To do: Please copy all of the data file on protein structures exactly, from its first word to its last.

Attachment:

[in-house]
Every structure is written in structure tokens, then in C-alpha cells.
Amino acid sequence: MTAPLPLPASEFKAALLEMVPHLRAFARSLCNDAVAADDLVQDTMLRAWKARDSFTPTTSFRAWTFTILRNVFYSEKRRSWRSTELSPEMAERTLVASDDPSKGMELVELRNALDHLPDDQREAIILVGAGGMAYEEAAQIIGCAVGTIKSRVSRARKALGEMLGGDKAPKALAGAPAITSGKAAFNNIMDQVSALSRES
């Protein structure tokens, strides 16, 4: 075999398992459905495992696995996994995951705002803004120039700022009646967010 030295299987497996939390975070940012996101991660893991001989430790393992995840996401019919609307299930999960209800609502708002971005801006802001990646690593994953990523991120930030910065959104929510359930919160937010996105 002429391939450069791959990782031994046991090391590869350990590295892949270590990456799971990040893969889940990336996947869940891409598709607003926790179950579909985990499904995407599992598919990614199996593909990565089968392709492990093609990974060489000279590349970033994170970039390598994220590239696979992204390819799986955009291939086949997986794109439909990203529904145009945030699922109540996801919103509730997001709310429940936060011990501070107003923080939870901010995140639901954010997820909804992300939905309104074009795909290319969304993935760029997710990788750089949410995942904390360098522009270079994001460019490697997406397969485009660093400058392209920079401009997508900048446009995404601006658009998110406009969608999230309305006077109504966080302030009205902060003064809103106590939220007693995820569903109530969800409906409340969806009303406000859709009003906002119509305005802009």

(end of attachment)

[in-house]
Every structure is written in structure tokens, then in C-alpha cells.
Amino acid sequence: MTAPLPLPASEFKAALLEMVPHLRAFARSLCNDAVAADDLVQDTMLRAWKARDSFTPTTSFRAWTFTILRNVFYSEKRRSWRSTELSPEMAERTLVASDDPSKGMELVELRNALDHLPDDQREAIILVGAGGMAYEEAAQIIGCAVGTIKSRVSRARKALGEMLGGDKAPKALAGAPAITSGKAAFNNIMDQVSALSRES
């Protein structure tokens, strides 16, 4: 075999398992459905495992696995996994995951705002803004120039700022009646967010 030295299987497996939390975070940012996101991660893991001989430790393992995840996401019919609307299930999960209800609502708002971005801006802001990646690593994953990523991120930030910065959104929510359930919160937010996105 002429391939450069791959990782031994046991090391590869350990590295892949270590990456799971990040893969889940990336996947869940891409598709607003926790179950579909985990499904995407599992598919990614199996593909990565089968392709492990093609990974060489000279590349970033994170970039390598994220590239696979992204390819799986955009291939086949997986794109439909990203529904145009945030699922109540996801919103509730997001709310429940936060011990501070107003923080939870901010995140639901954010997820909804992300939905309104074009795909290319969304993935760029997710990788750089949410995942904390360098522009270079994001460019490697997406397969485009660093400058392209920079401009997508900048446009995404601006658009998110406009969608999230309305006077109504966080302030009205902060003064809103106590939220007693995820569903109530969800409906409340969806009303406000859709009003906002119509305005802009």